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We Might No Longer Have Plumbers From 2033 & NTUC’s Career Progression Model Might Solve This Problem

When you think of a “good job”, you probably think of higher-paying ones like becoming an engineer, accountant or doctor.

What about our skilled essential tradesmen? You know, your friendly plumbers, electricians and air-conditioning & mechanical ventilation mechanics. Can they one day have good jobs too?

Well, the National Trades Union Congress (NTUC) is looking to improve the work prospects and wages for these skilled essential workers.

Here’s the reason why.

Career Progression Model

On 9 February 2023, NTUC Secretary-General Ng Chee Meng announced the trade union’s intention to introduce a new framework: the Career Progression Model (CPM).

Sec-Gen Ng was on a learning journey at a plumbing maintenance site at Jalan Teck Whye when he made the announcement. 

There, he met plumbers from JD Waters Pte Ltd together with NTUC U SME Director Yeo Wan Ling and Singapore Plumbing Society President Dickrose Masalamani.

So you know it’s serious business.

CPM reflects NTUC’s intention to improve job prospects and wages of skilled essential workers.

Essentially, the framework would allow these workers to have a concrete career progression path. 

It will also create more training pathways from tertiary education into skilled essential trades.

Furthermore, it would publicise clear and transparent quality standards within skilled essential trade industries.

If the framework comes to pass, those in the skilled trades industry will benefit from structured skills training that will create better career prospects and salaries.

Focus on 3 Skilled Trades First

NTUC will first prioritise three skilled trades that directly affect our lives, since we’d have called them at least once before: Plumbers, electricians and air-conditioning and mechanical ventilation mechanics.

Currently, Singapore sees about 50,000 locals in the skilled essential trades industry.

Besides the trades mentioned above, other types of skilled tradesmen include those in the building trade and metal and machinery workers.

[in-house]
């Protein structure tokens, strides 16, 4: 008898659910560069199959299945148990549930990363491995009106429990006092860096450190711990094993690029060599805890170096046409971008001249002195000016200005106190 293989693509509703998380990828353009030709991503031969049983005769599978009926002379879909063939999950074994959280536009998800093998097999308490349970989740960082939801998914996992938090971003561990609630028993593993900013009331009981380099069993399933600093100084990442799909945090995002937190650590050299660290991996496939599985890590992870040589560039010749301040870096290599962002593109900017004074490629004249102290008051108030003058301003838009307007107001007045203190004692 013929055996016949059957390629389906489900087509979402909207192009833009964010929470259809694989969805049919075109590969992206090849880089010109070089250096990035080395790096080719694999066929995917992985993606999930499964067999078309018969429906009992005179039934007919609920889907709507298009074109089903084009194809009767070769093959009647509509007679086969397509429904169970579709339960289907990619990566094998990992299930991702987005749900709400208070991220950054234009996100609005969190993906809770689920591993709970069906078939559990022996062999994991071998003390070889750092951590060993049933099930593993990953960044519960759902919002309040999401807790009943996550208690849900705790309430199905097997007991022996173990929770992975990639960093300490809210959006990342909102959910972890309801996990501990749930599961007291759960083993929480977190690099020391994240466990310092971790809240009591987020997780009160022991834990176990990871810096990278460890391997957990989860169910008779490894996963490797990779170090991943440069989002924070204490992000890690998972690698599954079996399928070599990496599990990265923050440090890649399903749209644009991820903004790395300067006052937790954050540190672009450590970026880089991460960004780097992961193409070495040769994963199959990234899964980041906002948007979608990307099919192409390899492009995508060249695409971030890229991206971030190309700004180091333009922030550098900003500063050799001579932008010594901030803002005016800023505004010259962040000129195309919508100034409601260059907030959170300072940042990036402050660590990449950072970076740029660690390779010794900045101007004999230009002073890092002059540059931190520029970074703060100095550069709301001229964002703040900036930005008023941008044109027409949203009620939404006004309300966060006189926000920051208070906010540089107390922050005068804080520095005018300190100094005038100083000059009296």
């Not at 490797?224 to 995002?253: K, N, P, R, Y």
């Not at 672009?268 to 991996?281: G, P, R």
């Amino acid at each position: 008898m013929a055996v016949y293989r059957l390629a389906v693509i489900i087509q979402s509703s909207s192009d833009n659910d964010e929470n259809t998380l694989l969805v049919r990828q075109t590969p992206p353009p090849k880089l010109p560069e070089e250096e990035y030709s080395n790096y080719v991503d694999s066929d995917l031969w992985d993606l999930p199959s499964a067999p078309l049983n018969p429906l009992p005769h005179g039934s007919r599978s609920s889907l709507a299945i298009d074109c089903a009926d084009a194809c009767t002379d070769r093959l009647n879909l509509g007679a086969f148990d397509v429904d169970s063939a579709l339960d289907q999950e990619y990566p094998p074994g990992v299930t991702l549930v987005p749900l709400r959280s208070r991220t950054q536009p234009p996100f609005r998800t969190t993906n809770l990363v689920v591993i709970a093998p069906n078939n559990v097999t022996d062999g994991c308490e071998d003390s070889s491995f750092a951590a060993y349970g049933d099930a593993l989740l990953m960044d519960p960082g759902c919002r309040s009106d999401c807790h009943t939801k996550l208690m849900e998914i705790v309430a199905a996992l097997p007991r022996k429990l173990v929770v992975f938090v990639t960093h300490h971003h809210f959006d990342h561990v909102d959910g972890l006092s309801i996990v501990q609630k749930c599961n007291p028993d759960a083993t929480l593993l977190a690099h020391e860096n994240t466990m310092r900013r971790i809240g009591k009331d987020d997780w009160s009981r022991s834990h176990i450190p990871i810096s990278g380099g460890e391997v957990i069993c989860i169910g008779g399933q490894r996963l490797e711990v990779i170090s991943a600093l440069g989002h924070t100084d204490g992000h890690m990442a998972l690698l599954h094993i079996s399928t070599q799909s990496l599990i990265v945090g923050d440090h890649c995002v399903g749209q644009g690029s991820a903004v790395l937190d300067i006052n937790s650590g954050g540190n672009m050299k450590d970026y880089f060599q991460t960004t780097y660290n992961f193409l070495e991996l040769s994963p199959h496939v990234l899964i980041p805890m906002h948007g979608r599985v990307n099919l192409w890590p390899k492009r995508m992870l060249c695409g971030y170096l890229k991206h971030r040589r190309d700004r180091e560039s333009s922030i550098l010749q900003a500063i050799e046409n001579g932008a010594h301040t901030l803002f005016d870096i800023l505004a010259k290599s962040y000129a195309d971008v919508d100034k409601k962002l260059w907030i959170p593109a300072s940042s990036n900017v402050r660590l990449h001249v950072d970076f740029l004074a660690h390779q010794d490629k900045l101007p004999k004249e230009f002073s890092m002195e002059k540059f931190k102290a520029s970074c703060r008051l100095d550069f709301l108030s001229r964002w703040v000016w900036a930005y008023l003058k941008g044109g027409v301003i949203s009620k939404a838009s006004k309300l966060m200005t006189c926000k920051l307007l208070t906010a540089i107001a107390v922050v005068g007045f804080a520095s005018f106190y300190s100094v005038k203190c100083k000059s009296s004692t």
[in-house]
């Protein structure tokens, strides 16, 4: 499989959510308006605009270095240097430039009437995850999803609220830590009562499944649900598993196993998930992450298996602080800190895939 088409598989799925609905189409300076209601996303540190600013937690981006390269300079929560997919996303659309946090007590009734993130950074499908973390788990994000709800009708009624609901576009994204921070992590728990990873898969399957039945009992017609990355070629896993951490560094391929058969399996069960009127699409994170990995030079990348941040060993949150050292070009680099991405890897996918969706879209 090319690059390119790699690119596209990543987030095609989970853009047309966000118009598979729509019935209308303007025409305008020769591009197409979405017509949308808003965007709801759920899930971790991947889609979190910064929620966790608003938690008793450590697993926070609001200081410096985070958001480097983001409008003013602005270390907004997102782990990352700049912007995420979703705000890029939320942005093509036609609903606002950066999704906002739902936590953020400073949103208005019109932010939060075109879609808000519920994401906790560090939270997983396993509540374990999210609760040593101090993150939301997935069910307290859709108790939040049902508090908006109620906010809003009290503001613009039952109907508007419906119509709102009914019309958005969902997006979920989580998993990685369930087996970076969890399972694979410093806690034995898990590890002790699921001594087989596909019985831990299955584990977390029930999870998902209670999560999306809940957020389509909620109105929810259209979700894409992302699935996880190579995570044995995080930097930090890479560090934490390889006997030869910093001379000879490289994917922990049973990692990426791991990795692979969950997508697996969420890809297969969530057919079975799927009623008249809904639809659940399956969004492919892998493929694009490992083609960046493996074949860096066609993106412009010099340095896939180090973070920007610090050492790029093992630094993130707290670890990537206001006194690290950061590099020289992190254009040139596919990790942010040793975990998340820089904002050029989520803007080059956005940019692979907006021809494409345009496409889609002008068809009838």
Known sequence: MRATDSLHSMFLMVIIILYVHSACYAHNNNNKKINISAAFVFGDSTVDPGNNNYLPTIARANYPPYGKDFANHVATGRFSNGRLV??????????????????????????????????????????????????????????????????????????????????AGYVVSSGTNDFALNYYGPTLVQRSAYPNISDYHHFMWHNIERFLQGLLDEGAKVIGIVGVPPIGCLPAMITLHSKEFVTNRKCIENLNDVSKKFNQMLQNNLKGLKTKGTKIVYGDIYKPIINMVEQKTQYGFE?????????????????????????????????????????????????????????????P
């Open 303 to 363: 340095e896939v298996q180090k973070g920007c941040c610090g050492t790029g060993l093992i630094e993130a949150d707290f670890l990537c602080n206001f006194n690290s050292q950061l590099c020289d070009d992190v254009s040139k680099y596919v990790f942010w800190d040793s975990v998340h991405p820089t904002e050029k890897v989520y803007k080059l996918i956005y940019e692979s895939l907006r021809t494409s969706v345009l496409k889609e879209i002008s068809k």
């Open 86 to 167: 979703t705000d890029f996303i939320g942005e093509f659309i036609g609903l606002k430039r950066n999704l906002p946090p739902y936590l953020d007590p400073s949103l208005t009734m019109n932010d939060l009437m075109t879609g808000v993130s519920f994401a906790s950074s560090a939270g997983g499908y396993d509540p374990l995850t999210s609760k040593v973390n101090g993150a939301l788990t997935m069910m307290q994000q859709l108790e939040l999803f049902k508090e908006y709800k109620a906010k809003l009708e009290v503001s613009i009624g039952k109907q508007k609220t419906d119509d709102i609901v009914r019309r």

CPM comes after 2012’s Progressive Wage Model (PWM).

Back then, NTUC first mooted the idea of PWM to help lower-wage workers like cleaners and security officers achieve sustainable wage increases and enhance their skills and productivity. Overall, the PWM is expected to benefit 94 per cent of the lower-wage workforce—about 234,000 workers!

It already spans five sectors:

CleaningSecurityLandscapeLift and escalatorRetail

And will be expanded to the food services and waste management sectors soon!

Why CPM?

Think back to the last time you attended a career fair.

Sure, you probably learnt about the pathway to becoming a doctor or lawyer, but did you see any information on how to become a skilled essential tradesman?

We usually only think of such workers when we need to engage their services.

Other than that, not so much.

However, there has been a glaring problem in the industry.

Namely, a lack of younger hires. 

Humans inevitably grow old. As the tradesmen workforce ages, there is a concern that there will eventually be a lack of supply of such workers in Singapore.

Mr Ng said, “There is a national need to ensure that essential services such as water and power are safeguarded. If the current challenges facing skilled essential trades are not addressed, we will see a critical lack of local expertise in these sectors in 10 years’ time.”

Wait, does that mean there might be a lack of plumbers ten years from now, and so that means if we’ve a clogged toilet bowl in 2033…we might have trouble finding a plumber?

According to the 2022 Singapore Labour Force Survey, more than half of these tradesmen are above 50.

Since the minimum retirement age in Singapore is 63, it’s evident that the industry may lose its worker supply if there is a lack of younger hires.

In addition, the median monthly wage of these skilled trade workers was about $2,600 in 2022.